I used to work with someone like that. The most manipulative and aggressive person I have ever encountered but the aggression was carefully targeted. Every time you slapped her down and put her back in her box she'd find another way to come at you but it was so subtle that if you told anyone you looked like you were the crazy paranoid person. The only person who really got what she was like was a friend of mine who was married to an abusive, manipulative man.

The beginning of the end was my realisation that I was seeing one thing, while DW was seeing another. If I had said anything, I was the one with the problem. Don't ask me why, but I secretly recorded MiL during a "little chat" we had where she said an awful lot (of course I was not to mention it to DW as MiL was worried how her MS would cope ...).

Of course her recollection of that chat to DW was a work of fiction. But I had the proof.

Like many here, the first thought was dementia of some kind, but subsequent events proved otherwise.

Rather tellingly, my DF told me within minutes of the first time he met her that she was never to be trusted - but when you're young who listens to their parents ?

Belenus Mon 22-Apr-19 17:43:25

I'd hope so, but my MiL was far more subtle than that

I used to work with someone like that. The most manipulative and aggressive person I have ever encountered but the aggression was carefully targeted. Every time you slapped her down and put her back in her box she'd find another way to come at you but it was so subtle that if you told anyone you looked like you were the crazy paranoid person. The only person who really got what she was like was a friend of mine who was married to an abusive, manipulative man.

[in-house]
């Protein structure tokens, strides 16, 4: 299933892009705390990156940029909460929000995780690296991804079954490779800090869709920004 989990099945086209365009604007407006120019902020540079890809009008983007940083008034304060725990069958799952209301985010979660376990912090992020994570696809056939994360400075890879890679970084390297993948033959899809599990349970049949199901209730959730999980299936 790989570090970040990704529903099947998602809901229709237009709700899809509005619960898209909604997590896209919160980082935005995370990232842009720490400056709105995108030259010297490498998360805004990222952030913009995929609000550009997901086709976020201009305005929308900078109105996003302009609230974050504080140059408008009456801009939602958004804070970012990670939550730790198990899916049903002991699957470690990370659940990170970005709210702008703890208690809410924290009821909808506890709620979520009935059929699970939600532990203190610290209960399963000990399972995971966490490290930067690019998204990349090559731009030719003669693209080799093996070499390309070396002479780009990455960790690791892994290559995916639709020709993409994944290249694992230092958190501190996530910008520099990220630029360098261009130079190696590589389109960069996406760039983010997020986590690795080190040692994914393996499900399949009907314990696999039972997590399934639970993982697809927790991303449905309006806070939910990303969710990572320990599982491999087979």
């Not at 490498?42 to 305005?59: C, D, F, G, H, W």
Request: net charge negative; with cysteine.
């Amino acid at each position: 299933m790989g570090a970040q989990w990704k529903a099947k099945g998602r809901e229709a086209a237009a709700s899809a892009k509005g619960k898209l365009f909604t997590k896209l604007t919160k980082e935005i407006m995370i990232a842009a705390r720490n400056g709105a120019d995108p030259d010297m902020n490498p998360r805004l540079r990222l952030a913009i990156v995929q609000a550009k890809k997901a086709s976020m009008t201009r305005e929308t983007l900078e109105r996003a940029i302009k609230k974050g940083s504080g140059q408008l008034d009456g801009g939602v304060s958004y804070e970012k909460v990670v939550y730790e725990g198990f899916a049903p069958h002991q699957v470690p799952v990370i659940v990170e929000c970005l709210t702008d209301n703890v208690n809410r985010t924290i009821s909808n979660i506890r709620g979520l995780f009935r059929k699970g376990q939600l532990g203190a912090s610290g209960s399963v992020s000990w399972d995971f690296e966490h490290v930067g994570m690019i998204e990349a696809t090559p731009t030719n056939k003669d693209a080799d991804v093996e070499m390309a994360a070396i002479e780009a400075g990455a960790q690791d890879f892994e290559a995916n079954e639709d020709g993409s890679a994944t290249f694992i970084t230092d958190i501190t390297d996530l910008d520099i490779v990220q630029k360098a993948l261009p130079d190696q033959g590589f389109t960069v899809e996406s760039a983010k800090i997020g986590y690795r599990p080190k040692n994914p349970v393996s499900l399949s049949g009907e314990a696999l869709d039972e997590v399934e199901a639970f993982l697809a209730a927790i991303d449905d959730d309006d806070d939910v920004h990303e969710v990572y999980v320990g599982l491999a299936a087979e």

I left that job. You can't deal with people like that. It's not good for you.

ohfourfoxache Mon 22-Apr-19 17:27:02

He’s going to need you now more than ever.

But I completely agree with you that they no longer have an invite to yours and you and the dc never set foot in theirs again.

DGRossetti Mon 22-Apr-19 17:21:08

I see what you’re saying but it can be done. @Nanna’s DH will have to be extremely strong and 100% loyal to Nanna if and when he sees his parents and shut down instantly any trash talk about her.

I'd hope so, but my MiL was far more subtle than that ... sad.

IHateUncleJamie Mon 22-Apr-19 17:16:18

Personally, I can't see how only one person can go NC in a situation like this.

I see what you’re saying but it can be done. @Nanna’s DH will have to be extremely strong and 100% loyal to Nanna if and when he sees his parents and shut down instantly any trash talk about her. That’s one of the boundaries he’ll have to set: “I’m not here to talk about Nanna, I’m here to see you and if you want to continue seeing me at all, I am not discussing my wife.” They will try EVERYTHING to get inside his head and divide the two of you, @NannaNoodleman so I’d suggest very low contact for now.

He also REALLY needs to start having counselling and reading about toxic parents and the Narcissistic Family dynamic in the meantime.

Attitude84 Mon 22-Apr-19 17:14:24

You were too nice.

To hell with that!!! I’d have picked up my kids and husband and gone out for dinner, leaving monster in laws at home!!!! That’s just plain rude and spiteful!!! And also very immature!!!!

MachineBee Mon 22-Apr-19 15:28:52

That sounds like a good solution OP. Keep to neutral ground. Don’t make a song and dance about not visiting at each other’s homes. Just make the arrangements for DH to meet up with them halfway between your DPs and his.

NannaNoodleman Mon 22-Apr-19 15:04:04

We live a long way away. It's a 3 hour drive to my parents' house and then a further hour & half to ILs house.

DH has said he won't go up to their house again. They are no longer welcome in my house.

Their only option is to meet up for a day out somewhere between my parents' house and DH's parents' house whenever we're up that way visiting.

Other than that, it's just phone calls and messages.

Join the discussion

Registering is free, quick, and means you can join in the discussion, watch threads, get discounts, win prizes and lots more.

Get started »